Hidden causes of dandruff: saunas?
Saunas have been used by cultures around the world for millennia. But do they have hidden dangers for your hair? Let’s find out.
Across Europe, Central America and Asia, saunas have been used by various cultures for millennia. Their use is associated with a host of benefits, including helping with colds, cleansing the skin, flushing out toxins and relieving stress.
But does sitting in a hot steam room have any negative effects on your hair? And what does it do to dandruff?
How saunas work
Saunas come in many shapes and sizes, depending on the culture and tradition, but they generally have a few things in common.
A sauna is a room or building where the heat is raised, either using a dry heat or with steam. Sitting in the room causes you to sweat as your body temperature rises. This is considered to be the source of the benefits of sauna usage.
Unfortunately, this constant heat isn’t always good for your hair. While it isn’t a direct cause of dandruff, it can cause problems.
To find out why, let’s discuss what dandruff is.
What causes dandruff
Our scalps are home to a microbe called malassezia. It is typically harmless to us, feeding on our natural scalp oils to survive and leaving oleic acid as a by-product.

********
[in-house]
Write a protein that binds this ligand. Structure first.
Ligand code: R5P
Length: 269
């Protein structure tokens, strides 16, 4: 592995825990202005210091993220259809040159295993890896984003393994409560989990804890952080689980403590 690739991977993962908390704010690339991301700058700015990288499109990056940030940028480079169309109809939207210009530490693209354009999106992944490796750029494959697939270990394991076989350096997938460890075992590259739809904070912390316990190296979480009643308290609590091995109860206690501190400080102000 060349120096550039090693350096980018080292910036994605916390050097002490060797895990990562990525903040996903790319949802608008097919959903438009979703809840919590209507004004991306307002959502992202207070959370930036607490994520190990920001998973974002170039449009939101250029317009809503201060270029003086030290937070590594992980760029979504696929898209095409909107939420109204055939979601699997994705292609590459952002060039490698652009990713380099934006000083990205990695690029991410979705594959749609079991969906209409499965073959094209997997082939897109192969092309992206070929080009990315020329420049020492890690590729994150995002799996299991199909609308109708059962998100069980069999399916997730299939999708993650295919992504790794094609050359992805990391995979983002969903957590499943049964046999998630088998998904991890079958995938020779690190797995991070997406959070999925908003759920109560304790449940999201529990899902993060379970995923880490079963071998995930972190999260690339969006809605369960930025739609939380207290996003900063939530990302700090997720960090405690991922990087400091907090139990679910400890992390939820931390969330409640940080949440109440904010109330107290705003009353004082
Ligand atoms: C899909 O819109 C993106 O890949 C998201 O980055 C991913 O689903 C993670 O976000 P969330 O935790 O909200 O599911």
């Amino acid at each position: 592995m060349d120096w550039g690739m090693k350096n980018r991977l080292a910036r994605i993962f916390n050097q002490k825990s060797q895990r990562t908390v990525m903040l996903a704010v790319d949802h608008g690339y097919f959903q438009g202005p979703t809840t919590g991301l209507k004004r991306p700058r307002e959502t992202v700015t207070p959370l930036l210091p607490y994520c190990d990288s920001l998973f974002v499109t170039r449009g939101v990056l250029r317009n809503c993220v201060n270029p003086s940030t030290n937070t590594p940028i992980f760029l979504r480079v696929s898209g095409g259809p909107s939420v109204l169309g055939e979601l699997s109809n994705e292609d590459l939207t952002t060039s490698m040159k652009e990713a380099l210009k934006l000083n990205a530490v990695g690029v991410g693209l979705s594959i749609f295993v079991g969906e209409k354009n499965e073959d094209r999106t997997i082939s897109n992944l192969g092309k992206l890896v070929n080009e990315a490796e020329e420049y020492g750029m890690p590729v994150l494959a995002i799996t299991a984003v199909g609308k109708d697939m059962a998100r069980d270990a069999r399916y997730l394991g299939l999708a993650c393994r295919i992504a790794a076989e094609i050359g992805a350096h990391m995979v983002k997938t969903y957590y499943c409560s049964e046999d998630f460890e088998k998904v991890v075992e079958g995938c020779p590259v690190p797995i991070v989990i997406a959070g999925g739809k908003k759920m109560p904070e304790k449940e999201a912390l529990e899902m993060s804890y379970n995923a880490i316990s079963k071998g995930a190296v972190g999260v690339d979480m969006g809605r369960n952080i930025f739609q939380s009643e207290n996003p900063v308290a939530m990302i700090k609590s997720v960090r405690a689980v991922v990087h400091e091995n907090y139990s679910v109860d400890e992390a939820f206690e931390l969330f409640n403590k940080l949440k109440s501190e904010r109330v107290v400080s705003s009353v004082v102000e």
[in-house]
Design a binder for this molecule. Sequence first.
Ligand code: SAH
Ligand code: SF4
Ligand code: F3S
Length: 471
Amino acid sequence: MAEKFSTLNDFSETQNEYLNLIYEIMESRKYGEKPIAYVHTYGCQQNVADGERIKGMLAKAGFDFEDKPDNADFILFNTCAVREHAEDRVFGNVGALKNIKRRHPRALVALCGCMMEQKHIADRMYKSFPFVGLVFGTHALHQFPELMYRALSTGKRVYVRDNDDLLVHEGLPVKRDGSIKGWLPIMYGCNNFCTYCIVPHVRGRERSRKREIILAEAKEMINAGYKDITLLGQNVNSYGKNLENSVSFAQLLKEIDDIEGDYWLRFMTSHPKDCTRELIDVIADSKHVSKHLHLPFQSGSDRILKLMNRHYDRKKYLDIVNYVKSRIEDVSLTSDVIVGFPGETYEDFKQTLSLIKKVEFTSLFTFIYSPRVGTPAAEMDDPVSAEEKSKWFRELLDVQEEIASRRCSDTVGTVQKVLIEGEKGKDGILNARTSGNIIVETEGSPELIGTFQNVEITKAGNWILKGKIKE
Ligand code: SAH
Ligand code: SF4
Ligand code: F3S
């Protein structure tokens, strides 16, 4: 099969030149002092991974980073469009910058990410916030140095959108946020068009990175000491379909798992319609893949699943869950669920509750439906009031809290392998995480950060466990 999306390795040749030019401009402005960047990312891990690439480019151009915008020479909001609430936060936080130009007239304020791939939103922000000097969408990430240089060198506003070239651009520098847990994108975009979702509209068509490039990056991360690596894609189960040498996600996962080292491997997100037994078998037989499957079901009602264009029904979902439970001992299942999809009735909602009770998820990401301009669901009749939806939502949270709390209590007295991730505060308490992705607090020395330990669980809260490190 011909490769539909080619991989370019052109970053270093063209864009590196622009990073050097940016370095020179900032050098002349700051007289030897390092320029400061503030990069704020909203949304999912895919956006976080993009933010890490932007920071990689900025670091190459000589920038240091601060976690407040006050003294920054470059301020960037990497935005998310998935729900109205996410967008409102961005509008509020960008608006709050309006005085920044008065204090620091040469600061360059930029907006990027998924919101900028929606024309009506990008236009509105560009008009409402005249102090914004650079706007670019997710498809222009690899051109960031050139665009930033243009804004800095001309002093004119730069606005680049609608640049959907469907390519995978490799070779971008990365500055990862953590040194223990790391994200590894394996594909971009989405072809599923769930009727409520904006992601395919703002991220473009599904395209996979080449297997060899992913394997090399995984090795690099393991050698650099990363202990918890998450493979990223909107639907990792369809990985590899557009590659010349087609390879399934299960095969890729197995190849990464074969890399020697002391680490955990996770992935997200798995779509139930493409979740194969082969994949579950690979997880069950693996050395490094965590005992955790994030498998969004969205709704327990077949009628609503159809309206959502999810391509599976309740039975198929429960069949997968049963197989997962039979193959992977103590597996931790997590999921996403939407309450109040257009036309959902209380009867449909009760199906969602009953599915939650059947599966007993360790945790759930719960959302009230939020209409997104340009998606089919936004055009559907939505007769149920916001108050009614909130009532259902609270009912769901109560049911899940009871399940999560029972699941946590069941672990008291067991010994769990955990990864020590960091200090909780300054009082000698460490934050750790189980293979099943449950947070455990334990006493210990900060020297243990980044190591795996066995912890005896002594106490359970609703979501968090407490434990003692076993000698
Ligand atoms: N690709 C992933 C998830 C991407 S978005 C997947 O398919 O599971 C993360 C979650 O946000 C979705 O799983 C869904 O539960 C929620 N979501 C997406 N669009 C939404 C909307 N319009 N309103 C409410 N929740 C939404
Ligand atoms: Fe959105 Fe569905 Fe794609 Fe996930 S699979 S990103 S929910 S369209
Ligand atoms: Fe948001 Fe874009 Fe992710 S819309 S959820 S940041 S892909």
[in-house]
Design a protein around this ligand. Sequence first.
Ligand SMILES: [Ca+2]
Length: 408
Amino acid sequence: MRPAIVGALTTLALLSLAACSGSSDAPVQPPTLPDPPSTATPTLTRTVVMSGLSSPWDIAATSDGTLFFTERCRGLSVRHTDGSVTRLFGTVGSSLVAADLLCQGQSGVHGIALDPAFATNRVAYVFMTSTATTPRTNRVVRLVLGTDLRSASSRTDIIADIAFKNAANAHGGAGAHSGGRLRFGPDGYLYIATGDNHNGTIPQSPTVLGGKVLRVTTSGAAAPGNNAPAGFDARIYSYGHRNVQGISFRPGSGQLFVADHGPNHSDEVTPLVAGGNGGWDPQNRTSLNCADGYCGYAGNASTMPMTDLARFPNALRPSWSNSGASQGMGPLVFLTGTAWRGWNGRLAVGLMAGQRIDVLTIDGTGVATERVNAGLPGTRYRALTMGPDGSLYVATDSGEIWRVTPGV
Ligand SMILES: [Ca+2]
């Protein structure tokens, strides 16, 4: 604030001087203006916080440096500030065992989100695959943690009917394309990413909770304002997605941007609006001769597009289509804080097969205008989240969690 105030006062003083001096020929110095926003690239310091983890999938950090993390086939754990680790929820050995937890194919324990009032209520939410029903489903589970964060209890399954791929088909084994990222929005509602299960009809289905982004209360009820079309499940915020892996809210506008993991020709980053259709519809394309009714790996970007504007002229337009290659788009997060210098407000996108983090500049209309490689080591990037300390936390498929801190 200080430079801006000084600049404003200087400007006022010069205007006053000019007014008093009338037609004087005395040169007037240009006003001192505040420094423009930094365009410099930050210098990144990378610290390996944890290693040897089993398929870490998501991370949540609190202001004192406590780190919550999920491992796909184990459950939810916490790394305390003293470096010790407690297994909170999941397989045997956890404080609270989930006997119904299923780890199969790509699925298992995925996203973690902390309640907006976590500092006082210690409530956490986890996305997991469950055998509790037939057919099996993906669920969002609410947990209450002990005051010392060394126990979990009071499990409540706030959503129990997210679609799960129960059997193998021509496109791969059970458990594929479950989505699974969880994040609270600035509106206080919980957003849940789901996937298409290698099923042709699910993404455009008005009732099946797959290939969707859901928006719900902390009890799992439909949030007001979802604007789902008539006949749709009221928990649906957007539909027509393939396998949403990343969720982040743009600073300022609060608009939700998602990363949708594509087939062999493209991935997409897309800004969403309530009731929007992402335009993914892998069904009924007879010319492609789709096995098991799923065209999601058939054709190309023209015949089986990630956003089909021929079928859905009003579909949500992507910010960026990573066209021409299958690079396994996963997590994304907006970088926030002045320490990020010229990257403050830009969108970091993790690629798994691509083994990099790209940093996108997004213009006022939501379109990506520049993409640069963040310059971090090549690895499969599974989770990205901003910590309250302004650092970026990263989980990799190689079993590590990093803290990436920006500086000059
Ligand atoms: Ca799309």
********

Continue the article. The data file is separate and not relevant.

Unfortunately, even though malassezia is largely harmless, a portion of the population is sensitive to oleic acid. This is the cause of dandruff, and in those who suffer from it will lead to symptoms that include:
- An itchy scalp
- Dry, white flakes of skin
- A red, irritated scalp
Luckily, it’s easy to control dandruff using a good anti-dandruff shampoo. Unluckily, frequent sitting in a sauna can make things more difficult.
Saunas and your hair
Your scalp is a fairly delicate ecosystem, and extended exposure to heat can cause problems. Unfortunately, the entire point of saunas is to expose yourself to heat for extended periods.
The main issue here has to do with humidity. Malassezia thrive best in a warm, moist environment. Humid heat in the sauna, or even sweating on the scalp during the sauna, can cause an increase in Malassezia on the scalp. This could contribute to a flare up of dandruff symptoms.
Happily, the same thing you do for dandruff normally will work here too.
As soon as you get out the sauna, jump into a cool shower. Not only will this feel great, but if you use a dandruff shampoo – particularly one designed to control excess oil – at the same time, you’ll be able to keep your scalp happy and healthy.